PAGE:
• Urinalysis - A urine test that checks for more signs of kidney stones, including blood, white blood cells, and crystals in the urine.

Conclusion:

Uric acid is one of the waste products produced when the body breaks down chemicals called purines. A uric acid test helps measure the amount of uric acid in the blood or urine. This test is commonly used to help diagnose gout, find the cause of frequent kidney stones, and monitor the uric acid level of people undergoing certain cancer treatments, such as chemotherapy. The values of uric acid ranges may vary slightly among different laboratories. Discuss with a healthcare provider the meaning of the specific test result.

Frequently Asked Questions

1.

What Is the Best Time to Test Uric Acid?

The best time to test uric acid levels is in the morning before eating or drinking. This is because uric acid levels can vary throughout the day and can be influenced by factors like diet and hydration. Fasting overnight provides a more accurate baseline measurement for healthcare professionals to assess uric acid levels.

2.

What Are the Limitations of Uric Acid Tests?

- Fluctuation: Uric acid levels can fluctuate throughout the day and may not always reflect your long-term health status.


- Dietary Influence: Diet, especially high-purine foods and alcohol consumption, can temporarily elevate uric acid levels, leading to potential misinterpretation.


- Individual Variability: What's considered a normal range for uric acid can vary among individuals, making it challenging to establish a universal standard.


- Gout Triggers: Elevated uric acid doesn't guarantee gout, and some people with high levels never develop symptoms.


- Other Factors: Certain medications and medical conditions can affect uric acid levels, leading to potential false positives or negatives in test results.

3.

How Often Should a Person Test Uric Acid?

The frequency of testing uric acid levels can vary depending on individual health circumstances and medical recommendations. Typically, for individuals with gout or a history of high uric acid levels, testing may be done every few months to monitor levels and adjust treatment if necessary.

4.

Should a Person Need to Eat Before a Uric Acid Test?

Before a uric acid test, eating anything special is generally unnecessary. In most cases, fasting is not required for a uric acid test, and the person can usually have the test done while fasting or non-fasting.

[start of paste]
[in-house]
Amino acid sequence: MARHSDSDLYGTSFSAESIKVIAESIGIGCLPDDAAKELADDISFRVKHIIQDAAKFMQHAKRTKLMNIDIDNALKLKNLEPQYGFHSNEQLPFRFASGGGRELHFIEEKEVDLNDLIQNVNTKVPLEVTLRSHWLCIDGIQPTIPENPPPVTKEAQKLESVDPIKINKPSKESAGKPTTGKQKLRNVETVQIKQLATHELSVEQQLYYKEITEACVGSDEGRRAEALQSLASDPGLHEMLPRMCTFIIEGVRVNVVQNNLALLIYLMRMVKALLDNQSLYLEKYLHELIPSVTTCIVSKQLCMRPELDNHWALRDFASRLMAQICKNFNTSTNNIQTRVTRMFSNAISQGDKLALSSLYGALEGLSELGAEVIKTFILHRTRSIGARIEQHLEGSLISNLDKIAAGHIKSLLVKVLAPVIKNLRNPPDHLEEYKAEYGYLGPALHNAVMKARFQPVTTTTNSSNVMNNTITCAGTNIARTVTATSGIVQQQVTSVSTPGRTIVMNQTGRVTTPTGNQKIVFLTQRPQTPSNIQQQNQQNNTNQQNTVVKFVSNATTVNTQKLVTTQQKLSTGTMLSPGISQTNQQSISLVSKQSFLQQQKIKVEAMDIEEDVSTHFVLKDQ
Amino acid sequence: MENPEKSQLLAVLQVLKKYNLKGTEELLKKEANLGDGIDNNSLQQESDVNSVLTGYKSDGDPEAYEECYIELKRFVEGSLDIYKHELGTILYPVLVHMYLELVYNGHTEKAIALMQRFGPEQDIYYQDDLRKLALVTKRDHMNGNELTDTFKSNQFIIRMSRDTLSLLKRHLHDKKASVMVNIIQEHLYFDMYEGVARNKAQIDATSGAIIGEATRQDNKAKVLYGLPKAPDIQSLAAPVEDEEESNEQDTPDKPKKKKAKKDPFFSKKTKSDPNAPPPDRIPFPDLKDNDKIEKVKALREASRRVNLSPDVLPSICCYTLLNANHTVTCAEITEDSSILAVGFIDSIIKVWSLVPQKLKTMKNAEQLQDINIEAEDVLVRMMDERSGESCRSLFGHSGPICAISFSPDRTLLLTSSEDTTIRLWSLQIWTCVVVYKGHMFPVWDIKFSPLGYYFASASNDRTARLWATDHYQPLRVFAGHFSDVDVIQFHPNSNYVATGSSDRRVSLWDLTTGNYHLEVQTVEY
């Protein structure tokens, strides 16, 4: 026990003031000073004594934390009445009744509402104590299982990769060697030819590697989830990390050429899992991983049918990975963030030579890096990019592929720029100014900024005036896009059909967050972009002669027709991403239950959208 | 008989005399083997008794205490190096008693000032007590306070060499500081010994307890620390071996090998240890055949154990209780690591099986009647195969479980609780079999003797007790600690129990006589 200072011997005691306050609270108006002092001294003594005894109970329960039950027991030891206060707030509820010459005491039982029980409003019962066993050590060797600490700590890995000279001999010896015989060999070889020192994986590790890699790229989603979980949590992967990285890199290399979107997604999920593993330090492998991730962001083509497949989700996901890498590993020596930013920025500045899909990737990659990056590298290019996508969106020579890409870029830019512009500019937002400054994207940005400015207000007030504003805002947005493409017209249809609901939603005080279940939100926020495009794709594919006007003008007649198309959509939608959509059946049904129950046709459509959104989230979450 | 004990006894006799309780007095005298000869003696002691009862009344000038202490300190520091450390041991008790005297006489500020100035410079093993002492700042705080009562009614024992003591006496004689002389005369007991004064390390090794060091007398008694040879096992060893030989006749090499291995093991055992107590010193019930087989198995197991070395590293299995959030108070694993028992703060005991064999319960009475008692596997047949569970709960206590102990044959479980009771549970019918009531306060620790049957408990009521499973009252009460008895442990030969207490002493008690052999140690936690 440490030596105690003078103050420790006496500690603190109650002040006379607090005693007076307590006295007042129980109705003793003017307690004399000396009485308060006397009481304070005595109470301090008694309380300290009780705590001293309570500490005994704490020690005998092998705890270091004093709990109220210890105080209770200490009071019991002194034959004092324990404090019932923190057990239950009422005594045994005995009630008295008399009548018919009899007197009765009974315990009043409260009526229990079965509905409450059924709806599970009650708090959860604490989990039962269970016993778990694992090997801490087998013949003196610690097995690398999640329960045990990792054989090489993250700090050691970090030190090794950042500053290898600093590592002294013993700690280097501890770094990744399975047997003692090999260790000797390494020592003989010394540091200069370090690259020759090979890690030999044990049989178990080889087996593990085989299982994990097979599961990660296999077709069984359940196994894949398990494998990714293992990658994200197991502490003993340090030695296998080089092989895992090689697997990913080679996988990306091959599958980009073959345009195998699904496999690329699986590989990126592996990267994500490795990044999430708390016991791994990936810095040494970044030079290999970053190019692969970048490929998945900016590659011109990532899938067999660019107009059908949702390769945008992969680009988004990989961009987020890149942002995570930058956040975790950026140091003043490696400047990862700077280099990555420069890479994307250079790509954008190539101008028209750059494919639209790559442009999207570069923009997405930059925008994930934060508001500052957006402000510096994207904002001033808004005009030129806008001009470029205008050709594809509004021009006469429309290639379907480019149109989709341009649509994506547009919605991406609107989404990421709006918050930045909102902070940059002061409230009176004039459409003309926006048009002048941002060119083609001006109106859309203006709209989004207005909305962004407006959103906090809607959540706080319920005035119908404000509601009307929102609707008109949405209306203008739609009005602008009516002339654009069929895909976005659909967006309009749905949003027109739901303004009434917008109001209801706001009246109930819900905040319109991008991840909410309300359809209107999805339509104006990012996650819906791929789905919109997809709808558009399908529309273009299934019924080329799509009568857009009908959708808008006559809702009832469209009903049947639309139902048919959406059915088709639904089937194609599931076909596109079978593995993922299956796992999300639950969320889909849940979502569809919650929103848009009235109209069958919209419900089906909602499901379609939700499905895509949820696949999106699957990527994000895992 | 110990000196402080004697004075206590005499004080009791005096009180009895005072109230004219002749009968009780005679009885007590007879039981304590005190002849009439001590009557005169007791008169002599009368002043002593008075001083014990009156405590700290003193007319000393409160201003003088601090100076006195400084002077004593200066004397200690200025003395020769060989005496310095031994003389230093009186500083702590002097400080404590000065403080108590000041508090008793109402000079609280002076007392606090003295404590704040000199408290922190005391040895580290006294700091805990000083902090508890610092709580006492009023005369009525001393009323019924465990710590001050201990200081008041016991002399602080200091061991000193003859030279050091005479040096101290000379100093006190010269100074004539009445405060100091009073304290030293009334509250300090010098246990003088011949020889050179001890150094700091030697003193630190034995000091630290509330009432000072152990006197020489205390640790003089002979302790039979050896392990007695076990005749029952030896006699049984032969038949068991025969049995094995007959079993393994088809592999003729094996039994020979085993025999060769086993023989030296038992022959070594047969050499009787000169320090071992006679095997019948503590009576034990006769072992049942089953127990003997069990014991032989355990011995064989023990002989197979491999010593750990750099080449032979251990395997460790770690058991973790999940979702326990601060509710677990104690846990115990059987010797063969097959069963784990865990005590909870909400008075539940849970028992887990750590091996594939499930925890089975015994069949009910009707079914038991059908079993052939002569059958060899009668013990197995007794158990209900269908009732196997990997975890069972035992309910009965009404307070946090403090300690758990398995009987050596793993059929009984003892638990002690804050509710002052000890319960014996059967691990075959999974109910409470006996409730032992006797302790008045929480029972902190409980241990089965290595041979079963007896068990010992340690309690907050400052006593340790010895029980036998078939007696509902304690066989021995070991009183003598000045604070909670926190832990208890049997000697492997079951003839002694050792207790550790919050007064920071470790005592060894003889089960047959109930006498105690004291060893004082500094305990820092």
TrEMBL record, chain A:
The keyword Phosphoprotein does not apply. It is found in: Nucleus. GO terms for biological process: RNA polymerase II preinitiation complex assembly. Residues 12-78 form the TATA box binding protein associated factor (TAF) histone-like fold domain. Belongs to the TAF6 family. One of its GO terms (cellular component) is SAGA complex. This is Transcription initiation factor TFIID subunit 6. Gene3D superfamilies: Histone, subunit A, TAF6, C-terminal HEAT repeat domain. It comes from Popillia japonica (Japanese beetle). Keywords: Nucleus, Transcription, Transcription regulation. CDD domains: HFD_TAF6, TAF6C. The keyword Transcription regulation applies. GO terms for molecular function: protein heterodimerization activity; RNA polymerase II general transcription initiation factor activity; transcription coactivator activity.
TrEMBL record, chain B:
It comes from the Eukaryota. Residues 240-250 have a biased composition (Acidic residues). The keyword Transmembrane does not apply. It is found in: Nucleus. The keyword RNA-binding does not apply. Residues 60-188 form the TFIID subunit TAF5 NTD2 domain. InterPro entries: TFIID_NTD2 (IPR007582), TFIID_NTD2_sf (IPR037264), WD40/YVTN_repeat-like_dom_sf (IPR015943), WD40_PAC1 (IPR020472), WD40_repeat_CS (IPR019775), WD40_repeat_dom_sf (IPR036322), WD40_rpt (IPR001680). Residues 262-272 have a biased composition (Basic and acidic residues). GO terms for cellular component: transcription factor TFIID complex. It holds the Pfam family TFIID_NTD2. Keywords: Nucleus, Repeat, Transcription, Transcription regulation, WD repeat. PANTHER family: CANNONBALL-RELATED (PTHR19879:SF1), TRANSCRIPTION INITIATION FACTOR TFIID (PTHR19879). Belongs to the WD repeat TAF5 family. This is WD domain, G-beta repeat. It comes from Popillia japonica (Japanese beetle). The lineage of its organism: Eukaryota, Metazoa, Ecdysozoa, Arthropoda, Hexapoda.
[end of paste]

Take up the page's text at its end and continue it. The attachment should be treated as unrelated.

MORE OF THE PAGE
5.

How Often Does Uric Acid Level Change?

Uric acid levels can change over time, and the frequency of these changes can vary from person to person. Several factors can influence uric acid levels, including diet, lifestyle, genetics, and underlying medical conditions.

6.

How Long Does It Take for Uric Acid Levels to Change?

Dietary and lifestyle choices, such as consuming purine-rich foods or alcohol, can lead to short-term increases in uric acid levels. These changes can occur within hours to days after consumption and may return to baseline relatively quickly once the triggering factor is removed. Long-term changes in uric acid levels may take weeks or months to become noticeable. For individuals with chronic conditions like gout or kidney disease, managing uric acid levels may be an ongoing process that requires continuous monitoring and adjustment of treatment. Improvement in uric acid levels can be gradual over an extended period.

7.

What Time of Day Is Uric Acid Highest?

Uric acid levels in the body tend to be highest during the early morning hours, typically between 2:00 AM and 4:00 AM. This natural increase in uric acid is known as the "morning peak." It occurs because of the body's metabolic processes, including the breakdown of purines (substances found in certain foods and cells) during sleep.

8.

Where Does Uric Acid Come From?

Uric acid is a waste product that forms in the body during the breakdown of purines, which are natural substances found in certain foods and tissues. Purines are present in various foods, including organic meats, seafood, beer, and vegetables like spinach and asparagus.

9.

How Can a Person Monitor Uric Acid Levels?

The most common way to monitor uric acid levels is through a blood test. A blood sample, usually from a vein in your arm, is drawn and sent to a laboratory for analysis. The test measures the concentration of uric acid in the blood.

10.

How Can a Person Know if Their Uric Acid Is Increasing?

The person should be aware of symptoms that may indicate elevated uric acid levels, such as joint pain, swelling, or tenderness, especially in the big toe, which can be a sign of gout. Kidney stones, often accompanied by severe pain, can also be related to high uric acid.

11.

At What Age Does Uric Acid Increase?

Uric acid levels can increase at different ages for various individuals, and there is no specific age at which uric acid universally starts to rise.

12.

Are Uric Acid Testers Accurate?

Uric acid testers or uric acid meters designed for home use can provide reasonably accurate results. These devices typically analyze a small blood sample, often obtained from a finger prick, to measure uric acid levels.

13.

What Color Tube Is Used for Uric Acid Tests?

The color of the tube used for uric acid tests can vary depending on the laboratory and their specific testing protocol. However, the most commonly used tube color for uric acid testing is a lavender or purple-top tube. These tubes are typically used for various hematological and biochemical tests, including uric acid measurement.

14.

Is Fasting Suitable for Uric Acid?

Fasting is not a direct method for reducing uric acid levels in the body. However, some dietary and lifestyle considerations related to fasting can indirectly impact uric acid levels.

15.

How Does High Uric Acid Affect the Brain?

High uric acid levels in the bloodstream primarily affect the joints and kidneys, leading to conditions like gout and kidney stones. While the direct impact of high uric acid on the brain is not well-documented, some research suggests potential associations between elevated uric acid and certain neurological conditions like dementia and Alzheimer's.

Dr. Kaushal Bhavsar
Dr. Kaushal Bhavsar

Pulmonology (Asthma Doctors)